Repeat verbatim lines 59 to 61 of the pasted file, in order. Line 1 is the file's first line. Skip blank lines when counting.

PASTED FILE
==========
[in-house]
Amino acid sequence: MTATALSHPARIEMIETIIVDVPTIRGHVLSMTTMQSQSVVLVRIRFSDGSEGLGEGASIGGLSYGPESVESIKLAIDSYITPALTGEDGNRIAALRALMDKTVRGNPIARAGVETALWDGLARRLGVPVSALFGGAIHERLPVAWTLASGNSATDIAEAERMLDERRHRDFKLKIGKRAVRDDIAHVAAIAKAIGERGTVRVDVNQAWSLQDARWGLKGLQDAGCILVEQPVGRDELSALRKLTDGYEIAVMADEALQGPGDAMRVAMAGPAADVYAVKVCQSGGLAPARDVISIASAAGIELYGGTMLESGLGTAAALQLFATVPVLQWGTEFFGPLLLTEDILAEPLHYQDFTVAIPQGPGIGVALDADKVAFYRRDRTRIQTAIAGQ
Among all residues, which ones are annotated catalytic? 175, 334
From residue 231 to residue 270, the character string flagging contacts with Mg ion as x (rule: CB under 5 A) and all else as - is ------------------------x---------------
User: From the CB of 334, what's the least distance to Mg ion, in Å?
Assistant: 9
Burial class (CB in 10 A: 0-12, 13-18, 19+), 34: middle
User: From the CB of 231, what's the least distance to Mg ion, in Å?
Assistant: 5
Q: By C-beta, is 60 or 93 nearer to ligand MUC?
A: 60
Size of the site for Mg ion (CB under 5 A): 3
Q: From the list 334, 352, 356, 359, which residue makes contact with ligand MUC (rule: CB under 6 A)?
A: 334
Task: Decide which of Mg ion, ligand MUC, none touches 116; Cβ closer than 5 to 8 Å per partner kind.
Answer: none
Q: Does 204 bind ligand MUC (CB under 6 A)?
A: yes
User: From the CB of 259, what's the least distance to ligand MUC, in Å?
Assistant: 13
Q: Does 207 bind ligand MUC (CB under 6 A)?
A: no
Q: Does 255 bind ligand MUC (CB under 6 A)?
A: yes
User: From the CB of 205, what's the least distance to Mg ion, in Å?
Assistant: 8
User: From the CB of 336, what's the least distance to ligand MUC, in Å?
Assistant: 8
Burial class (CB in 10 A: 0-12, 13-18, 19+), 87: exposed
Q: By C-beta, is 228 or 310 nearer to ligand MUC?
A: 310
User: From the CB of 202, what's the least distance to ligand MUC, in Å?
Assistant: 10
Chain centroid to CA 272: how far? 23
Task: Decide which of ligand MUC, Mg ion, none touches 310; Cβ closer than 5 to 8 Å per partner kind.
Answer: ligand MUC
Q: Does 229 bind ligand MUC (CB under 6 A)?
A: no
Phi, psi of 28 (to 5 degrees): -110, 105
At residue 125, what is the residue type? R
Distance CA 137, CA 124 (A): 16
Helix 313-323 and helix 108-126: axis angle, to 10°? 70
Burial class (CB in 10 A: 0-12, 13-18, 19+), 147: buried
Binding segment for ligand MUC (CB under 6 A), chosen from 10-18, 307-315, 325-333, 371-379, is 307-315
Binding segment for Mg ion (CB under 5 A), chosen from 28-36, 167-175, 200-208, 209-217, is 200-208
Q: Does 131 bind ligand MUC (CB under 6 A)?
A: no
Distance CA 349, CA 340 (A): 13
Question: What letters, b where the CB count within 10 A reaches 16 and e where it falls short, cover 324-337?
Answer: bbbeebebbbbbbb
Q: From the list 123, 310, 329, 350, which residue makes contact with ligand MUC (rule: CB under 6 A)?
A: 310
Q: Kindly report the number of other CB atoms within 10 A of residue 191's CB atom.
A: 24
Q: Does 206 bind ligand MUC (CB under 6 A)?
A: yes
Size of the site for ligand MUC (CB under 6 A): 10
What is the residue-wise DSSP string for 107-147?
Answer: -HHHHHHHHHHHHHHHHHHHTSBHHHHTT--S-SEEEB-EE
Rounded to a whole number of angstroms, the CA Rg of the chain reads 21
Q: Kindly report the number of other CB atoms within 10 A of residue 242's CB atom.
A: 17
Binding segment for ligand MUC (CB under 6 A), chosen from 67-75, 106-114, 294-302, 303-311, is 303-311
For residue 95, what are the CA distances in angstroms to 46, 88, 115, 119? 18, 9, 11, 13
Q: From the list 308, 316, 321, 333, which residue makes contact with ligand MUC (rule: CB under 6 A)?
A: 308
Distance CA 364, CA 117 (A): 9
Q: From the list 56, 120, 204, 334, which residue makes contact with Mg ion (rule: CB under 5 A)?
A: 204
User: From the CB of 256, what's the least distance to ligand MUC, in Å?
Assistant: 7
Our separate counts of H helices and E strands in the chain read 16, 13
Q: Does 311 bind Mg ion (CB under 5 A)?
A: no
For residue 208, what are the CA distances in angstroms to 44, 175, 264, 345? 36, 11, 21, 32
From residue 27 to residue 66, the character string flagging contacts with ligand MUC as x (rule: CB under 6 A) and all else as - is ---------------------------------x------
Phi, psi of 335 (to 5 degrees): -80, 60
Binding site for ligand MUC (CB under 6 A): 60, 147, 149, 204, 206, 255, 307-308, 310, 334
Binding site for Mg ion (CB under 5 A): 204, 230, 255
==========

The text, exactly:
Answer: -HHHHHHHHHHHHHHHHHHHTSBHHHHTT--S-SEEEB-EE
Rounded to a whole number of angstroms, the CA Rg of the chain reads 21
Q: Kindly report the number of other CB atoms within 10 A of residue 242's CB atom.